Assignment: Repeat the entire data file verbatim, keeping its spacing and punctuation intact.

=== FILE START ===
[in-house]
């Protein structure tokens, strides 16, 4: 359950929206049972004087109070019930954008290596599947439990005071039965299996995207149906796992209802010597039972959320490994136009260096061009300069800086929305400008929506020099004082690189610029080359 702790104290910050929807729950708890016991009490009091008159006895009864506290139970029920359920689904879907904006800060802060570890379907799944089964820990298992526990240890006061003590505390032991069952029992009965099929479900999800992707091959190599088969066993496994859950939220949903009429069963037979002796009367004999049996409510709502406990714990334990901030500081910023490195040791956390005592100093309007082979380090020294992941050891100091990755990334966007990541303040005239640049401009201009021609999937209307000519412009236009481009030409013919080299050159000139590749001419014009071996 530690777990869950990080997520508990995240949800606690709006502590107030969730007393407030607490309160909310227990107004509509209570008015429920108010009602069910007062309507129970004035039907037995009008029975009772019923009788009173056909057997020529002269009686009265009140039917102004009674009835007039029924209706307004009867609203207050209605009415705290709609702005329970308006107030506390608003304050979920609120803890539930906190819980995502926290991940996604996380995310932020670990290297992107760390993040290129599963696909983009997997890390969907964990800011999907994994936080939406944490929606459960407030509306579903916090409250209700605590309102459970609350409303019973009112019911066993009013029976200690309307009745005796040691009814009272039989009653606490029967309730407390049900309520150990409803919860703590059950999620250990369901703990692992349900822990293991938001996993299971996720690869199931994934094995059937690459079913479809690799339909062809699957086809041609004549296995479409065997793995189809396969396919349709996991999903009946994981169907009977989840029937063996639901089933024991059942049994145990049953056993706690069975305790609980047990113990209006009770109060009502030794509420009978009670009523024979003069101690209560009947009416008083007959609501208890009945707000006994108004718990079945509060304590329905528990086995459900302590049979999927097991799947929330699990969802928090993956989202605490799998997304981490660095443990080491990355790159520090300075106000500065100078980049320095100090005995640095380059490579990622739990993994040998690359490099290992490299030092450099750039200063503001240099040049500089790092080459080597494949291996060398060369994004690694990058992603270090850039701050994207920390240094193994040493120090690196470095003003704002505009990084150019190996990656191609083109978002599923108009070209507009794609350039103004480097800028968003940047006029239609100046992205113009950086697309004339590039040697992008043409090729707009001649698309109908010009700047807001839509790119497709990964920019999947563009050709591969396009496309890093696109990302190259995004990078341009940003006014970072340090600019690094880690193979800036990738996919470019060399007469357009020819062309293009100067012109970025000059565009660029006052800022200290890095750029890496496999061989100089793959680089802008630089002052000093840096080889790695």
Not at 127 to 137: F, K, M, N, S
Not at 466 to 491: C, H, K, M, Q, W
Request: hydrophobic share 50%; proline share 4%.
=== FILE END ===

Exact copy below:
[in-house]
């Protein structure tokens, strides 16, 4: 359950929206049972004087109070019930954008290596599947439990005071039965299996995207149906796992209802010597039972959320490994136009260096061009300069800086929305400008929506020099004082690189610029080359 702790104290910050929807729950708890016991009490009091008159006895009864506290139970029920359920689904879907904006800060802060570890379907799944089964820990298992526990240890006061003590505390032991069952029992009965099929479900999800992707091959190599088969066993496994859950939220949903009429069963037979002796009367004999049996409510709502406990714990334990901030500081910023490195040791956390005592100093309007082979380090020294992941050891100091990755990334966007990541303040005239640049401009201009021609999937209307000519412009236009481009030409013919080299050159000139590749001419014009071996 530690777990869950990080997520508990995240949800606690709006502590107030969730007393407030607490309160909310227990107004509509209570008015429920108010009602069910007062309507129970004035039907037995009008029975009772019923009788009173056909057997020529002269009686009265009140039917102004009674009835007039029924209706307004009867609203207050209605009415705290709609702005329970308006107030506390608003304050979920609120803890539930906190819980995502926290991940996604996380995310932020670990290297992107760390993040290129599963696909983009997997890390969907964990800011999907994994936080939406944490929606459960407030509306579903916090409250209700605590309102459970609350409303019973009112019911066993009013029976200690309307009745005796040691009814009272039989009653606490029967309730407390049900309520150990409803919860703590059950999620250990369901703990692992349900822990293991938001996993299971996720690869199931994934094995059937690459079913479809690799339909062809699957086809041609004549296995479409065997793995189809396969396919349709996991999903009946994981169907009977989840029937063996639901089933024991059942049994145990049953056993706690069975305790609980047990113990209006009770109060009502030794509420009978009670009523024979003069101690209560009947009416008083007959609501208890009945707000006994108004718990079945509060304590329905528990086995459900302590049979999927097991799947929330699990969802928090993956989202605490799998997304981490660095443990080491990355790159520090300075106000500065100078980049320095100090005995640095380059490579990622739990993994040998690359490099290992490299030092450099750039200063503001240099040049500089790092080459080597494949291996060398060369994004690694990058992603270090850039701050994207920390240094193994040493120090690196470095003003704002505009990084150019190996990656191609083109978002599923108009070209507009794609350039103004480097800028968003940047006029239609100046992205113009950086697309004339590039040697992008043409090729707009001649698309109908010009700047807001839509790119497709990964920019999947563009050709591969396009496309890093696109990302190259995004990078341009940003006014970072340090600019690094880690193979800036990738996919470019060399007469357009020819062309293009100067012109970025000059565009660029006052800022200290890095750029890496496999061989100089793959680089802008630089002052000093840096080889790695």
Not at 127 to 137: F, K, M, N, S
Not at 466 to 491: C, H, K, M, Q, W
Request: hydrophobic share 50%; proline share 4%.